Keeping secrets in the internet age is nearly impossible. Things that companies may have got away with a generation ago in terms of their substance not matching up to their public image won’t fly today. A single PR gaffe can be tweeted around the world in seconds, and if a company’s values don’t match those it proclaims, you can bet someone will find out and tell the world about it.
Corporate culture cannot just be lip service, but has to be in alignment with organizational goals and visions. It requires understanding the world and an organization’s place in it, and adapting as necessary to remain relevant. But cultural transformation isn’t something that can be decreed and carried out, like a dress code. It has to involve passion on the part of every person in the workforce, from the mailroom to the C suite.
Reinvention and Renewal Take Heartfelt Effort
While there is some validity to the “fake it till you make it” concept, cultural reinvention and renewal cannot be faked. Real change requires heartfelt commitment, and people who aren’t passionate about what they do will have a more difficult time taking cultural transformation seriously. Are your people passionate about what they do? Are they centered, confident, and engaged in their work? If so, then reinvention of organizational culture is more likely to gain traction and to produce great results. If not, reinvention could end up being perceived as just another passing “management fad” that nobody takes seriously.
Passionate, Centered People Are Up to the Challenges
When your team is made up of passionate people who are centered and engaged and believe in the value of what they do, they’re ready for the challenges that go along with real cultural transformation as long as they know that their enthusiasm and passion will be just as valued once transformation takes place. People who aren’t engaged, who are merely going through the required motions of work are unlikely to be affected by cultural transformation in any case. They may wonder why they should bother when they can continue doing what they do while management congratulates itself on hopping on the latest trend. It’s a recipe for cynicism and dysfunction.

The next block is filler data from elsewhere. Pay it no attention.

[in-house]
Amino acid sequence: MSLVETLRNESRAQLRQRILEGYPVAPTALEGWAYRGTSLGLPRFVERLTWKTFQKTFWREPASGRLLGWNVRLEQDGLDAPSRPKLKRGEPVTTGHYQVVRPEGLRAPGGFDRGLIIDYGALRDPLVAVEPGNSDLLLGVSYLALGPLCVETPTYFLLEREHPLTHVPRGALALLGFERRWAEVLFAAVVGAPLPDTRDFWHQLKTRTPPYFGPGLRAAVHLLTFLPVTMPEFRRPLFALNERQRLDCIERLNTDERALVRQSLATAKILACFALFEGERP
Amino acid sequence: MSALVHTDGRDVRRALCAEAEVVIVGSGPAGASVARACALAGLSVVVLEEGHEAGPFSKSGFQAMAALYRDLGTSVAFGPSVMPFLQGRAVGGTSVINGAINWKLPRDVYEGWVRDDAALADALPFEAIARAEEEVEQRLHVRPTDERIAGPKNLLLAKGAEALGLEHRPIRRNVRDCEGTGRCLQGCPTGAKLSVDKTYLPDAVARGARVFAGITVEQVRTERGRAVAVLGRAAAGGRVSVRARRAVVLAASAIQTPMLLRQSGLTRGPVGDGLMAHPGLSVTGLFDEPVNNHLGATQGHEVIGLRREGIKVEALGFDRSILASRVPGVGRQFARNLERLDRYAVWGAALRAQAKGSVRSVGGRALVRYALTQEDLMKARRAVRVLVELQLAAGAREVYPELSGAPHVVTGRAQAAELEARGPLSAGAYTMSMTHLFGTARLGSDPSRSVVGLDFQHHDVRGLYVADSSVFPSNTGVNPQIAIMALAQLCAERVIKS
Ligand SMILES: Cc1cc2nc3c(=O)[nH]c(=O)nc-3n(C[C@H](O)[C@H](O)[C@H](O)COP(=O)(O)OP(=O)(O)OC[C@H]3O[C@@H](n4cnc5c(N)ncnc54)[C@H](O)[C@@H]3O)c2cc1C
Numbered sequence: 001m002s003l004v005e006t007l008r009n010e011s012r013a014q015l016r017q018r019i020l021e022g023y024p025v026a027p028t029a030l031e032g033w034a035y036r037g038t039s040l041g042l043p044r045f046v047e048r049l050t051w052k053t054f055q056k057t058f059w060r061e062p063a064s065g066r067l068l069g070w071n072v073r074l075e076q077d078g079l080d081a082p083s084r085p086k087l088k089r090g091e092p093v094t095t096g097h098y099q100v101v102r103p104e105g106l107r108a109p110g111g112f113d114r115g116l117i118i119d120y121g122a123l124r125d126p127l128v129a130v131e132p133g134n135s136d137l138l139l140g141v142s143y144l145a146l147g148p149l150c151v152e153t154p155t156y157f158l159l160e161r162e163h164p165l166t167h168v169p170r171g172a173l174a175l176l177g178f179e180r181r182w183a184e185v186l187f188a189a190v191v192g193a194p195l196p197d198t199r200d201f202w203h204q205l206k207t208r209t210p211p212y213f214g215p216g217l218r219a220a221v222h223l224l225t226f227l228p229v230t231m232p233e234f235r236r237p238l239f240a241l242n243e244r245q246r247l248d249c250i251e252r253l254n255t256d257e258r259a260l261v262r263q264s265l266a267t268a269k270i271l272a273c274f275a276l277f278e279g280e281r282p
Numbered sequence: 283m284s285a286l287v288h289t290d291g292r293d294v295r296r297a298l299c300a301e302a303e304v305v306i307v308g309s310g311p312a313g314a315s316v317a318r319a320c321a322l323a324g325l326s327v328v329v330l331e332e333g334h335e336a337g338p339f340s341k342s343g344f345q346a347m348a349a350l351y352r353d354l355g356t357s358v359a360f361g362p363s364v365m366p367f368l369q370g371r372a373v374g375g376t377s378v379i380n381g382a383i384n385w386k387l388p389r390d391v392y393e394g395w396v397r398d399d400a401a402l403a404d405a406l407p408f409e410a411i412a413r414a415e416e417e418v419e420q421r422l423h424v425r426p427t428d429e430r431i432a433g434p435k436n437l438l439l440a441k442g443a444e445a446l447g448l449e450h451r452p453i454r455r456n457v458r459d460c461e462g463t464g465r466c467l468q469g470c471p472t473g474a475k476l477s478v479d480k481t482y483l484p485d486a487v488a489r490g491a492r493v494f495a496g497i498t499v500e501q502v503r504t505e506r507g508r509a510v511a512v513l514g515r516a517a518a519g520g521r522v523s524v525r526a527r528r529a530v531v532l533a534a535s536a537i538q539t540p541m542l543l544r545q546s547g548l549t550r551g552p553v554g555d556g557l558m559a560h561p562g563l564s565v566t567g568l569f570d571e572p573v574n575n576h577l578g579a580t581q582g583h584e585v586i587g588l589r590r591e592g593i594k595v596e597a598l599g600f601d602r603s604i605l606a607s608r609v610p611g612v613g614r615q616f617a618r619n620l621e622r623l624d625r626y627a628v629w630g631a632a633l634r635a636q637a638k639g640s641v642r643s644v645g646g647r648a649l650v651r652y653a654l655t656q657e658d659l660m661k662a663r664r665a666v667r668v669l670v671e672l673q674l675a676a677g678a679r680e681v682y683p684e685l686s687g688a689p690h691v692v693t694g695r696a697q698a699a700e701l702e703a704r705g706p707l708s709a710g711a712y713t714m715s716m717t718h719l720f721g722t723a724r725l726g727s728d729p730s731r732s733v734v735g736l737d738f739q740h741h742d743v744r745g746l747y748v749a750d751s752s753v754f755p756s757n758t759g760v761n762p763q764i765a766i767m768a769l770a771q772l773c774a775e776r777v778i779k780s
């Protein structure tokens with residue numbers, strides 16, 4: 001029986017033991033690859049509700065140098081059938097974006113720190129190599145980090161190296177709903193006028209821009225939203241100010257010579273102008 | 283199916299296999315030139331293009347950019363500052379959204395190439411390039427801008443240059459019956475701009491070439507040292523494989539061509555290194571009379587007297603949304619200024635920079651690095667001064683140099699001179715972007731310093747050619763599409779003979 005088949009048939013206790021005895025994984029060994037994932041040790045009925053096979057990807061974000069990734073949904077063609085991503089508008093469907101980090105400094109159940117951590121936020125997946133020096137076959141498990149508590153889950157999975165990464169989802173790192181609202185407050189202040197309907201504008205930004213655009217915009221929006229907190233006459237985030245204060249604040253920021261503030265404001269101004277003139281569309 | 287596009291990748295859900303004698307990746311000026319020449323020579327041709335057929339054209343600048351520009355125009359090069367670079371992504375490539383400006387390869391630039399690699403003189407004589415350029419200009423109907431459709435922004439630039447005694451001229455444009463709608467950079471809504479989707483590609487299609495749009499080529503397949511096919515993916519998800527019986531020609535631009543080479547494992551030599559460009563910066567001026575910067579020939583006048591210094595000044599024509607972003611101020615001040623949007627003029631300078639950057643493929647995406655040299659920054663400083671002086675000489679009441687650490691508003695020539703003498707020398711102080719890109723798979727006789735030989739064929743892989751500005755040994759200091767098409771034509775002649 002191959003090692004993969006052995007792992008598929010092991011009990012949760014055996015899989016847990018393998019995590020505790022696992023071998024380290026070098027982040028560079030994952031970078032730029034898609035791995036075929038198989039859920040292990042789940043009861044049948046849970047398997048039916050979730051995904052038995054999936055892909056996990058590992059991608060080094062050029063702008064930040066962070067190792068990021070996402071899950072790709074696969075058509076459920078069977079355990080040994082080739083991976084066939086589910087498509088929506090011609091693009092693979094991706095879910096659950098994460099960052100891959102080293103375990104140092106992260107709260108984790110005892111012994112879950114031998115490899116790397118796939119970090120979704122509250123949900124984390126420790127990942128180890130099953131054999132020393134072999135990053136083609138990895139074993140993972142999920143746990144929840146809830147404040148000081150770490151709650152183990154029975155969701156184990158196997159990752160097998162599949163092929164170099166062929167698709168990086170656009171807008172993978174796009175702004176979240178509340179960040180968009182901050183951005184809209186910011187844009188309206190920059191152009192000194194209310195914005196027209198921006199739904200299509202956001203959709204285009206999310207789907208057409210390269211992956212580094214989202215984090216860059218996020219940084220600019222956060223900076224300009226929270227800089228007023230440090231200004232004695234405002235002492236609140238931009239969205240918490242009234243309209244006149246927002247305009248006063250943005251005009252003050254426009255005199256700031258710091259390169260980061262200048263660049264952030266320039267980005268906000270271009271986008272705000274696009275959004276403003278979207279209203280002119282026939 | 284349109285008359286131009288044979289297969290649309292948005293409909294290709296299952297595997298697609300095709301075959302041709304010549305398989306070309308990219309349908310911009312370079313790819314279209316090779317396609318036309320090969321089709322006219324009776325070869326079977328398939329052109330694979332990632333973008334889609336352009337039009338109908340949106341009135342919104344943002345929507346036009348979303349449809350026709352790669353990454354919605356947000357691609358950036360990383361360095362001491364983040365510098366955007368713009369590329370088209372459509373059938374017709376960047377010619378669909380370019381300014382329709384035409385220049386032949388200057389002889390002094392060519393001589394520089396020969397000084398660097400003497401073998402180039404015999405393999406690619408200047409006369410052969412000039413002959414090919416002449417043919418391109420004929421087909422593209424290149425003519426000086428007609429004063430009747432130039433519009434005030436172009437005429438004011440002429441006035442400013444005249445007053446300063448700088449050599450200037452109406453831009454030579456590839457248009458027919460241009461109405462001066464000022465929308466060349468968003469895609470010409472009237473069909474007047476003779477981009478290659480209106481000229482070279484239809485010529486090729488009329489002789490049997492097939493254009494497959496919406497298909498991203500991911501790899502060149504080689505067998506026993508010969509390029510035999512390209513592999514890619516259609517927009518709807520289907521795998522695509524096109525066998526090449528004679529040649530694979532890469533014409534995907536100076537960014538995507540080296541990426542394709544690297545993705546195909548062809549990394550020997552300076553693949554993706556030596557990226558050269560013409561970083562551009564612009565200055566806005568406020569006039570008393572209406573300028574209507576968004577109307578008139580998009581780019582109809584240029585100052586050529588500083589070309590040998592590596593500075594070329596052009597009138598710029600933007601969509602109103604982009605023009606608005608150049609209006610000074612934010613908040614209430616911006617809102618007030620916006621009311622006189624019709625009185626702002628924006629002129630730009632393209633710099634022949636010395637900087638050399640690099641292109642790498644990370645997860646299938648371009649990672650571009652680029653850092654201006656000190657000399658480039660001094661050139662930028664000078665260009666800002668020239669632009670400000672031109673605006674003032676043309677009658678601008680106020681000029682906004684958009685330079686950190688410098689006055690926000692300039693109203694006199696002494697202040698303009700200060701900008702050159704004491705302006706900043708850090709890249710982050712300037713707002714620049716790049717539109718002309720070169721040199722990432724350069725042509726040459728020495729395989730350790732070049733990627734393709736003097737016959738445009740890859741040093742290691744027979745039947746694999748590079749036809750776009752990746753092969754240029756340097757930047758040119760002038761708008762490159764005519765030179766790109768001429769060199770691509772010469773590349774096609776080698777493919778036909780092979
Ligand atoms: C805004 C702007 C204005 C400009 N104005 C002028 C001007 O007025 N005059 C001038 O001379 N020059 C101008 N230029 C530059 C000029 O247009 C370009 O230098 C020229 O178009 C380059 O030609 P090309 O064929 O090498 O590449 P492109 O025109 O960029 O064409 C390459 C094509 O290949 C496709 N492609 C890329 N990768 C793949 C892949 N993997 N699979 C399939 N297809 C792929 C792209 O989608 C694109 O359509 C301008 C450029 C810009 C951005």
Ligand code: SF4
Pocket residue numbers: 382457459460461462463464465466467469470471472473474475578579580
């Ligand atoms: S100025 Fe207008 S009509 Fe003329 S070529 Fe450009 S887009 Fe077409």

Outstanding Leaders Want All Team Members to be Impassioned by Their Work
The best leaders want not just team members who do their work and do it well, but team members who have genuine passion for what they do. And impassioned team members are ones who know they’re valued by their leaders and aren’t seen as mere cogs in a big machine. Leaders who want genuine enthusiasm from the workforce must have that genuine enthusiasm themselves, and they must demonstrate over the long term that team members’ passion and enthusiasm matter and are rewarded. Even the most powerful leader can’t “order” his or her team to be passionate. It has to come from within.
Culture and Enthusiasm Can’t Be Faked
Corporate culture and genuine passion cannot be faked. An organization might be able to fool some people for a limited amount of time, but in an always-connected world, the real truth will eventually emerge. Cultural transformation and passion are closely intertwined. The more passionate the team, the more genuine and meaningful cultural change can be. Having a passionate team is a long term commitment, but one that pays off in terms of genuine culture and employee engagement, which are the firmament from which success materializes.
As a bestselling author and leadership coach, I have learned the hard lessons about what it means to have a strong organizational culture and an engaged workforce. My Cultural Transformation program is available as a Keynote, Half-Day, Full-Day, or Multiple-Day Retreat and it begins with all attendees taking my “Inner Core” assessment beforehand. At the conclusion, attendees receive a confidential, personalized report that details their strengths and where there is opportunity for improvement.
You’ll learn what organizational culture is, what great leadership is, how to develop and sustain a strong, vibrant culture and how to actually measure that culture. You’ll also learn about working on your own “inner core,” which is made up of your character, self-image, values, thought patterns, and emotional makeup. As a result, you and your organization will have your true passion and enthusiasm unlocked and unleashed.